The languages they introduced established roots in many places along the New Guinea north coast, the Markham Valley, and around the tip of Milne Bay, west along the southern coast as far as to what is today Port Moresby. From New Guinea, Austronesians went on into the Bismarck Archipelago. Today we find Austronesian languages in all of these areas of West Papua and Papua New Guinea. As people mixed, the languages that were already there influenced the vocabulary and grammatical patterns of the languages the newcomers spoke. Cultures blended as well, producing today’s Melanesian cultures.

In these monthly discussions we answer one question about language in PNG and beyond. This month we are looking at what Austronesian languages are.
Austronesians spread Lapita pottery from the Bismarck Archipelago south to New Caledonia.

While today most people on the island of New Guinea still speak languages that are not Austronesian, in the Philippines, western and central Indonesia, Malaysia, and Madagascar, the social impact was so great that today all the indigenous people speak Austronesian languages. Taiwan itself has experienced overwhelming Chinese immigration since the 1600s, but today there are still aboriginal Taiwanese groups speaking Austronesian languages.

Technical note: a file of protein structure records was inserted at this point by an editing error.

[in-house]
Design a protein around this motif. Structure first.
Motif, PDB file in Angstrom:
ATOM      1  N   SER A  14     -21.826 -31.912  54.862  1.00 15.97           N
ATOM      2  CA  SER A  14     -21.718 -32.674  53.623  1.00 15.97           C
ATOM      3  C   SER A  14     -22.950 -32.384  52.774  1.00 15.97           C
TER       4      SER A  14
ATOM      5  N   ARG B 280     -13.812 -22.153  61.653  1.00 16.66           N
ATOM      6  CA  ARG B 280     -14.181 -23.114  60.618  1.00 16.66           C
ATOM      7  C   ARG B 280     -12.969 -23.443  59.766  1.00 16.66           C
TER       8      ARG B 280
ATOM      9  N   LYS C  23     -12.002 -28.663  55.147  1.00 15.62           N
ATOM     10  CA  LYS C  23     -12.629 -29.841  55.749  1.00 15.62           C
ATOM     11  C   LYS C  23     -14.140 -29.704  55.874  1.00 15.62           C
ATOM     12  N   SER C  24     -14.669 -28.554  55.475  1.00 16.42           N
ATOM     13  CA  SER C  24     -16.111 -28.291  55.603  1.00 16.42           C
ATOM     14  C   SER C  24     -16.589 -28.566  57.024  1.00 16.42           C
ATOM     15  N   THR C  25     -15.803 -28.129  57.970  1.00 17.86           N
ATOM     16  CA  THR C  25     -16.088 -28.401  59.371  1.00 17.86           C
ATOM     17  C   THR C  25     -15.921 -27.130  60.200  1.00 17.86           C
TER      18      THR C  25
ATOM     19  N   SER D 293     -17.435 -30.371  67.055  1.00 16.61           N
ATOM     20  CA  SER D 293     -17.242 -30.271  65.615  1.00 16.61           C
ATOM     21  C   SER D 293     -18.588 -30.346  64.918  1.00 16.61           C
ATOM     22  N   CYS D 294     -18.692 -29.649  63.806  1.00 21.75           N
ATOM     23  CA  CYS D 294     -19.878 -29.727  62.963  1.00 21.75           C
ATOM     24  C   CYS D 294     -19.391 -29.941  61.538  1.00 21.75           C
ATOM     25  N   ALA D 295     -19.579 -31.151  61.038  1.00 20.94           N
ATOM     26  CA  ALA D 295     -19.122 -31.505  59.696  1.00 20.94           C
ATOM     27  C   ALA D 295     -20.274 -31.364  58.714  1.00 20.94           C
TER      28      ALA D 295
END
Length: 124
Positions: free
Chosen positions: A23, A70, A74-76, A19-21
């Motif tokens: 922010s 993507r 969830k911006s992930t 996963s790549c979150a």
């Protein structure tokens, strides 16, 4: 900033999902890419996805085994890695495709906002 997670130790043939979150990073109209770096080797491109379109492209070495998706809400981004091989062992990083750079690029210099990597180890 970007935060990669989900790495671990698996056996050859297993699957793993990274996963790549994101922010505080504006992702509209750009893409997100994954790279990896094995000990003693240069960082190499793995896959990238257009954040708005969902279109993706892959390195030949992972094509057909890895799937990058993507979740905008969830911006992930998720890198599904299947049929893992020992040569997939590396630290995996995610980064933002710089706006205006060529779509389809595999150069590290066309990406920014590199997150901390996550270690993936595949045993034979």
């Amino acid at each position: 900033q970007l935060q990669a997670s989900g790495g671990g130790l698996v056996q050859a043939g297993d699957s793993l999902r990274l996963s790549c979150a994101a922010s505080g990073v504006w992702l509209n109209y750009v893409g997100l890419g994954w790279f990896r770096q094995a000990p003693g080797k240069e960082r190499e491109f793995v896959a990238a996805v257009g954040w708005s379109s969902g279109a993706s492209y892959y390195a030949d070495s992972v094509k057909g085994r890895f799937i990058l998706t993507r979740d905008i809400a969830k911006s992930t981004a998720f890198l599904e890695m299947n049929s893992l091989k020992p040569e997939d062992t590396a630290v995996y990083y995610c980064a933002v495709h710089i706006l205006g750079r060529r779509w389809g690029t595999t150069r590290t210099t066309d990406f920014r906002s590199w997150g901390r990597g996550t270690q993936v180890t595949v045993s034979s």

In the thousands of years that people speaking Austronesian languages have been migrating and mixing with the people they encounter, it is natural that the languages have changed in different ways, so that today there are 1,257 different Austronesian languages. While the speakers of these languages cannot understand each other’s languages, there are certain core words that do not change much. You can look for these common words to see if your language is Austronesian or not.
Three of these words are parts of body. If your language has a word for “eye” that is similar to “mata”, “matan”, or “mara”, there is a good chance it is Austronesian. Another clue is a word similar to “lima” for “hand”, “five”, or (more commonly) both. One very common Austronesian word that has made its way into Tok Pisin is “susu” for “breast” and “milk”. The fact that we see “susu” on cartons of milk imported from Indonesia and Malaysia tells us that the languages there are Austronesian.